FEBRUARY 22, 1918-The Seeley Drug Co., known as Seeley’s Busy Corner, has been closed by the U. S. Marshall following filing of a suit by the Stewart & Holmes Drug Co. of Seattle. The store was opened about two years ago by W. H. Seeley, who was backed by Dr. Halford, dentist. Recently Seeley went south and has not returned. According to suit, $1,959.42 is owed the wholesale firm.
JANUARY 30, 1919-A. H. Ziegler, prominent young Juneau attorney, returned here last night on the steamer, Alameda after receiving his discharge from the Navy. He has been stationed at Baltimore and plans to leave here in a few days for Ketchikan where he will open a law office.
MARCH 3, 1921-The new Alaska Native Brotherhood hall on Douglas Island is being christened tomorrow evening with a social hour and dance. The building, formerly known as the Croatian Hall, is located between the Mexican Mine and the Treadwell store. The Brotherhood has purchased the building, which will be moved to Juneau and placed on a Willoughby Avenue site.
AUGUST 4, 1926-Publication of a magazine devoted to the geography, history and commerce of Alaska has been announced, with publication to start about August 25. It will be known as Alaska Magazine and John E. Meals will be the editor. The board of directors includes Meals, Judge James Wickersham, R. L. Bernard, Albert S. Brown and H. F. Preston.
MAY 14, 1927-Edward Leach, former cook on the mailboat Estebeth and on other vessels has purchased the Home Cafe on Front Street next to the Gastineau Electric Company.
FEBRUARY 14, 1929-The Rev. O. A. Stillman has resigned as pastor of Northern Light Presbyterian Church because of his ill health. The resignation is effective April 1. The Rev. and Mrs. Stillman came to Gastineau Channel in 1923 in the service of the Congregational Church and lived in Douglas. After the Northern Light Presbyterian Church burned on December 27, 1925, he changed his pastorate to that church and supervised the building of the new building at Fourth and Franklin Streets.
JUNE 17, 1933-Dr. W. W. Council has been appointed Territorial Health Commissioner by Governor John Troy. He succeeds Dr. H. C. DeVighne who has served for 12 years in the position and whose term expired on May 12. Dr. Council has practiced medicine in the territory for the past 27 years, first at Ellamar for two years, then at Cordova for 19 years. He came to Juneau in 1927.
FEBRUARY 7, 1934-The Star Bakery, owned by J. A. Safoulis, has moved to the space on South Franklin Street formerly occupied by the Northern Light Pool Room. The building, recently extensively remodeled, also houses the White Spot Cafe, Valet Cleaners and Alstrom News Stand.
OCTOBER 11, 1935-The new Juneau Motor Company building at the foot of Main Street is now open for business. The two story, 70 by 95 foot building was designed by N. Lester Troast and Associates, architects, and built by Foss Construction Company. E. E. Ninnis is proprietor of the firm and is holding an open house with door prizes. The company was founded in 1925 by Harry I. Lucas, purchased by Frank McCafferty in 1931 and by Ninnis is August, 1934. (Note: The above building was destroyed by fire and replaced by the present one.)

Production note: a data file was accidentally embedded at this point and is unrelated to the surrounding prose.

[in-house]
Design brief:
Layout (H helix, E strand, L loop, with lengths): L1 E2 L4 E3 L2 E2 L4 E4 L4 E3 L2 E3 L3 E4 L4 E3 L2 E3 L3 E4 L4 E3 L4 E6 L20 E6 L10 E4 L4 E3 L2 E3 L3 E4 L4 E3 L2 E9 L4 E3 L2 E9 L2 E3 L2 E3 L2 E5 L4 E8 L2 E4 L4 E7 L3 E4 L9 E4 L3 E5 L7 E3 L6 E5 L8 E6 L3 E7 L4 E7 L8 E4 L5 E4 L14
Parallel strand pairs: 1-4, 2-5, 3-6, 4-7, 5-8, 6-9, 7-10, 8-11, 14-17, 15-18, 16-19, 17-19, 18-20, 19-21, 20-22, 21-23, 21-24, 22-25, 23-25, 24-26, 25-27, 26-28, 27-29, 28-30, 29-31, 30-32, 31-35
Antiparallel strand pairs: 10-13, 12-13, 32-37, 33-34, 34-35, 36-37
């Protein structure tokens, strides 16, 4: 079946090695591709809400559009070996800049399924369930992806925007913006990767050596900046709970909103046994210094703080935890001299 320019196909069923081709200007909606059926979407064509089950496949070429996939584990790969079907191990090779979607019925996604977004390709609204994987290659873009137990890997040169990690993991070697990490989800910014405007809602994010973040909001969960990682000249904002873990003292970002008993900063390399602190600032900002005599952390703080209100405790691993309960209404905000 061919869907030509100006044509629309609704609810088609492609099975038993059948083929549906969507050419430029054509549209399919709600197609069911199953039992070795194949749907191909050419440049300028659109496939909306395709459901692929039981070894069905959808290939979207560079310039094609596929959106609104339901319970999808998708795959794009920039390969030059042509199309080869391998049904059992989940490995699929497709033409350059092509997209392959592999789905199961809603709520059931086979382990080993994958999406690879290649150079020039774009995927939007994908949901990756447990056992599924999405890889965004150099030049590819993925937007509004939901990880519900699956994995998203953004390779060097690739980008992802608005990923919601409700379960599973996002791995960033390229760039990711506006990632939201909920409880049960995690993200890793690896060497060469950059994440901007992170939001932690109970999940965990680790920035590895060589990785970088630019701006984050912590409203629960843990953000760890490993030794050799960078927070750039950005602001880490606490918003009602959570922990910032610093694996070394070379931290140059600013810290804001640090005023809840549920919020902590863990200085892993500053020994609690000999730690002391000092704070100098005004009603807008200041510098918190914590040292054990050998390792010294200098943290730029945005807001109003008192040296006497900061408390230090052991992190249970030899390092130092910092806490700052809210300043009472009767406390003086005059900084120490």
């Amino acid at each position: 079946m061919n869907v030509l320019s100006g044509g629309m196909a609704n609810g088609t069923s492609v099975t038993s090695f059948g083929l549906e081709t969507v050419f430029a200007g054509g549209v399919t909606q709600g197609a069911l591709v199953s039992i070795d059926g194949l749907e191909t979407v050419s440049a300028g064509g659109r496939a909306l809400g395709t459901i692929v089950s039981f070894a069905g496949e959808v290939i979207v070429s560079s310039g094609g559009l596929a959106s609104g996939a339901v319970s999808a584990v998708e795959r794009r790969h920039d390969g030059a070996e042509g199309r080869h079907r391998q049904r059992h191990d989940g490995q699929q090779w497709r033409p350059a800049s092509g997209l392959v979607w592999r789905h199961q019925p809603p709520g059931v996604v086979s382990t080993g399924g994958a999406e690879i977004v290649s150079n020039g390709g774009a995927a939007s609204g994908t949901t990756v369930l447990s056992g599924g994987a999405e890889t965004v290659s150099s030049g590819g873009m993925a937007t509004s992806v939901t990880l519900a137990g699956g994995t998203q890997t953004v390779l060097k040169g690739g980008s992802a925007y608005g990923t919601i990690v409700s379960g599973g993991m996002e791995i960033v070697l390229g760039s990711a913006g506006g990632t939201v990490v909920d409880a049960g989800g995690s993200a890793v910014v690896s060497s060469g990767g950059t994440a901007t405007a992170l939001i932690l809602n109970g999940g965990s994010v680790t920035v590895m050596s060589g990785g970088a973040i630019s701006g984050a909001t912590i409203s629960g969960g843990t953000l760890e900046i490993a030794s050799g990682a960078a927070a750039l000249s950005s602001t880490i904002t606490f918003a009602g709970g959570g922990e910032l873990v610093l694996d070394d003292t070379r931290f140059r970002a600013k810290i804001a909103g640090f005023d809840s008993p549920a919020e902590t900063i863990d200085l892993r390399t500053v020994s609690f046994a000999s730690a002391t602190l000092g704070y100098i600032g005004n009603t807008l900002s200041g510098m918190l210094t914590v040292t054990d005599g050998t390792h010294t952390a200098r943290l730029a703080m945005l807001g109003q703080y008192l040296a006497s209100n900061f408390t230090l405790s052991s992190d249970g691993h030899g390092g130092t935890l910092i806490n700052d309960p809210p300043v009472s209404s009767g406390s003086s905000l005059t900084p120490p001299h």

JULY 14, 1937-Henry H. “Doc” Hollmann has leased new store space at the northeast corner of Second and Seward Streets, formerly occupied by the Piggly Wiggly Market and will open the Hollmann Pharmacy about August 1. He will be assisted in the store by Jackson B. Rice.
JULY 24, 1940-Some 4,100 square feet of glass and 3,300 feet of pipe have gone into the reconstruction of the greenhouses of Juneau Florists on Glacier Highway just north of town. The two buildings measure 20 by 100 and 21 by 100 feet. Claude Carnegie is owner of the firm.
SEPTEMBER 22, 1940-E. E. Weschenfelder, Spuhn Island fox farmer, has a story in a recent issue of “American Fur Breeder” relating his success story. Weschenfelder homesteaded 156 acres on the island fourteen years ago and leases an additional 60 acres from the government. At first he let his foxes run loose, but poachers and natural enemies took a heavy toll of them. He pioneered in the pen raising of blue foxes and has been very successful.
FEBRUARY 20, 1941-Work will begin tonight on a 12,000 yard rock fill on the north side of Willoughby Avenue next to the government school and in part of the Native village. The work will be carried on by the Forest Service as long as Civilian Conservation Corps enrollees are available. Nine truck drivers will be at work, four on the day shift and five at night. The city is cooperating by changing sewer lines and the Bureau of Indian Affairs is moving buildings and widening street in the village.
JANUARY 6, 1942-New officers were installed by Igloo No. 6 and Auxiliary No. 6, Pioneers of Alaska, last evening. For the Pioneers, Dean C. E. Rice is president; Ed McIntyre, first vice president; Sam J. Paul, second vice president; Al Zenger, secretary; John Reck, treasurer; Jack Langseth, historian; C. W. Carter, chaplain; and W. E. Bathe, sergeant-at-arms. C. W. Carter was named a trustee. For the auxiliary, the president is Lillie Hooker. Lottie Spickett is vice president, Irene McKinley is secretary and Mary Bavard is treasurer. The chaplain is Helen Rice, the historian is Elizabeth Sey, and the sergeant-at-arms is Mable Nance. Tura Fox is a new trustee.
JANUARY 26, 1943-Lloyd V. Connell, registered pharmacist from Chicago, has been added to the staff at the Harry Race Drug Store. He arrived in Juneau yesterday evening. Connell and Hugh Jr. Wade were formerly schoolmates in Des Moines, Iowa.
Parks & Recreation, City and Borough of Juneau, Alaska